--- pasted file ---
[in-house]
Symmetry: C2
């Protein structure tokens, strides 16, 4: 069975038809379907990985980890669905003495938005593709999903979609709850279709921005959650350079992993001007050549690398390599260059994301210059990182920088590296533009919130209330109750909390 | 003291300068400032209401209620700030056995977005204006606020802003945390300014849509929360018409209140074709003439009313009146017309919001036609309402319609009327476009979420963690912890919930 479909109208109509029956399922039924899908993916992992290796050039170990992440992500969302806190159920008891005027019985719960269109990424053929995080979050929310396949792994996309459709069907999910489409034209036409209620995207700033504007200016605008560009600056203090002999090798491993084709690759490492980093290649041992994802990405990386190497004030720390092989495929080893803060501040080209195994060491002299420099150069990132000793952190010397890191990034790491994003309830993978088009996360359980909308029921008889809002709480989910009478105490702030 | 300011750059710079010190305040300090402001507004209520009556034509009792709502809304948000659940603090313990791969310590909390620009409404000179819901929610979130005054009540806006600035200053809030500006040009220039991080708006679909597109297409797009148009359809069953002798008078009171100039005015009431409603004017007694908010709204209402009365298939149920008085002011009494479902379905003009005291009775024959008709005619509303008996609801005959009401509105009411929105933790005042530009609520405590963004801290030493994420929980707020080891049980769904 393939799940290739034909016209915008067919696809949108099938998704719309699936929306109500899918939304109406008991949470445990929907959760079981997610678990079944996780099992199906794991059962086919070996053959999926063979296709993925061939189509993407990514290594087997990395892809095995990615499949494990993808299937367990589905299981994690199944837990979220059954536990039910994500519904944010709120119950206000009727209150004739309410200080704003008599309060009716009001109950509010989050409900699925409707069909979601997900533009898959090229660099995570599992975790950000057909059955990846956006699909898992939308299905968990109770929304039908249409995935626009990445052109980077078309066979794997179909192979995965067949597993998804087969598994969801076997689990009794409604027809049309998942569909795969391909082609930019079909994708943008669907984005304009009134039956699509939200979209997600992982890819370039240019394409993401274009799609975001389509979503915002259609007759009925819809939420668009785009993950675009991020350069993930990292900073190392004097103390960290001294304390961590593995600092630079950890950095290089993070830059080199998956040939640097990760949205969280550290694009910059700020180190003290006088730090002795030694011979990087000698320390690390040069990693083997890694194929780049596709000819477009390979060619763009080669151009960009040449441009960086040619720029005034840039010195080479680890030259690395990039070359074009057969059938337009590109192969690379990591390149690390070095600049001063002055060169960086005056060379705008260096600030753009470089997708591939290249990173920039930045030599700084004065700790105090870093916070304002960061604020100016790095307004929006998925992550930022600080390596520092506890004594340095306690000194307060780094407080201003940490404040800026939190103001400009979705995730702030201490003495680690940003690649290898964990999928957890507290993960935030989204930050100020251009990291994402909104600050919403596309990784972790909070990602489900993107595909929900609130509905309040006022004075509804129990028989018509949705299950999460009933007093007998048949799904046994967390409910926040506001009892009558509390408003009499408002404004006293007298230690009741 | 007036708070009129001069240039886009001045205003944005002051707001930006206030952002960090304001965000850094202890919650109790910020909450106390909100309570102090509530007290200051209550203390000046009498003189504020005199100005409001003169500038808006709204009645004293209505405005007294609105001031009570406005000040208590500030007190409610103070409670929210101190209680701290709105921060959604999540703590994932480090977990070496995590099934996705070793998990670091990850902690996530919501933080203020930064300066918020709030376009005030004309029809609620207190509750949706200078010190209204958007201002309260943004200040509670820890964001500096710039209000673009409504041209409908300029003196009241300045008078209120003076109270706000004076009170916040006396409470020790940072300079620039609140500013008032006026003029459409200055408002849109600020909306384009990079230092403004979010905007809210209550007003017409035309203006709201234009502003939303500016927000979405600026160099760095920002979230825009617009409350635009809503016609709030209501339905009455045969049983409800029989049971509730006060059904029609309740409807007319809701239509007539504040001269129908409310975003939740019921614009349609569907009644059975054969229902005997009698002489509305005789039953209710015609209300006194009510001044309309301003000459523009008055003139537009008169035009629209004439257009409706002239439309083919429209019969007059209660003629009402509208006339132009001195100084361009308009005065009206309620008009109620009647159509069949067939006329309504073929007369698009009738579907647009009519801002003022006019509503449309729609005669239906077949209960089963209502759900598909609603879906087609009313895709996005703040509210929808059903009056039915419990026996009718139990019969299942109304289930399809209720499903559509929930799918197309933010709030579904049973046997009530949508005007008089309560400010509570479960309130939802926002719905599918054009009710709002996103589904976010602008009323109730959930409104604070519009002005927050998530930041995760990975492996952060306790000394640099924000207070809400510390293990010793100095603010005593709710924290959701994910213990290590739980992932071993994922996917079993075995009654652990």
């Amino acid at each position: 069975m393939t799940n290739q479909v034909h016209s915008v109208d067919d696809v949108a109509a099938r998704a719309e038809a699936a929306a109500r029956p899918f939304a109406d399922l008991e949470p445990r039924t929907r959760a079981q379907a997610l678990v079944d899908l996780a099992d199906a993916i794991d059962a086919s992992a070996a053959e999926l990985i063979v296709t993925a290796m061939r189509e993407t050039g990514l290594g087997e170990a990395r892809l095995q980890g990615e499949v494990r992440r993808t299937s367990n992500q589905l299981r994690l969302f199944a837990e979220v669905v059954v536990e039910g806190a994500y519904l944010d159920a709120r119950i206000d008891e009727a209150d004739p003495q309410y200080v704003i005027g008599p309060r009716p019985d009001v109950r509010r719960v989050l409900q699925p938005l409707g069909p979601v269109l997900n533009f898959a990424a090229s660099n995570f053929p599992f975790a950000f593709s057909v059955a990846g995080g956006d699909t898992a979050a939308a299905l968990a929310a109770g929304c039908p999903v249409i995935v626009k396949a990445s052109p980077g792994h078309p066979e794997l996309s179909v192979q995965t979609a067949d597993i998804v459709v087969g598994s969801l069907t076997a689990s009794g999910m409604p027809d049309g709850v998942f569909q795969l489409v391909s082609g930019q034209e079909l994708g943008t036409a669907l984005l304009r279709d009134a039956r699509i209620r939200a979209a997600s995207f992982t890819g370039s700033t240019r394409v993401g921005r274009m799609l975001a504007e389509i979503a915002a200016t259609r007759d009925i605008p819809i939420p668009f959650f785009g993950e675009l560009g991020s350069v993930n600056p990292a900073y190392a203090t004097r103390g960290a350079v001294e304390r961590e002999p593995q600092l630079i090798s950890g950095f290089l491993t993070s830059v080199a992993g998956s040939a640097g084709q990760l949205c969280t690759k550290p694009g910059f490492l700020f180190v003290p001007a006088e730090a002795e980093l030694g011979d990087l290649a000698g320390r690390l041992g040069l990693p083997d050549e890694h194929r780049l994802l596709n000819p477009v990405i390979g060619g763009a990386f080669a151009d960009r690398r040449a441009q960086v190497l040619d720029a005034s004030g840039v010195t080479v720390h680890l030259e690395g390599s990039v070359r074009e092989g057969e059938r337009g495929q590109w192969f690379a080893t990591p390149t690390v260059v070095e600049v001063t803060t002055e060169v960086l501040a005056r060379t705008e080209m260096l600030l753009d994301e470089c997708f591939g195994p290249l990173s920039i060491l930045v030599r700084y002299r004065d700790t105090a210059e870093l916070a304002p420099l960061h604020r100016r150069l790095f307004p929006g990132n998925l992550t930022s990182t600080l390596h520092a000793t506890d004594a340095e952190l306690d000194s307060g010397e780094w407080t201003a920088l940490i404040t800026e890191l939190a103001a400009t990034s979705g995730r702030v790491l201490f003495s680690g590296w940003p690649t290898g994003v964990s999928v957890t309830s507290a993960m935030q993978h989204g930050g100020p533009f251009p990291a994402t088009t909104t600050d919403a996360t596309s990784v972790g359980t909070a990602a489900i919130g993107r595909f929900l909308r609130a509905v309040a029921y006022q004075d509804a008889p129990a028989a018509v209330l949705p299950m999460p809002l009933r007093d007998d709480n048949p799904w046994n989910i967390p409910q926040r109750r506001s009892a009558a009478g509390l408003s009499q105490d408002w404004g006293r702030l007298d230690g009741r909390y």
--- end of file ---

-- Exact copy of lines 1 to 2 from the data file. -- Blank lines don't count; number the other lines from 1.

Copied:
[in-house]
Symmetry: C2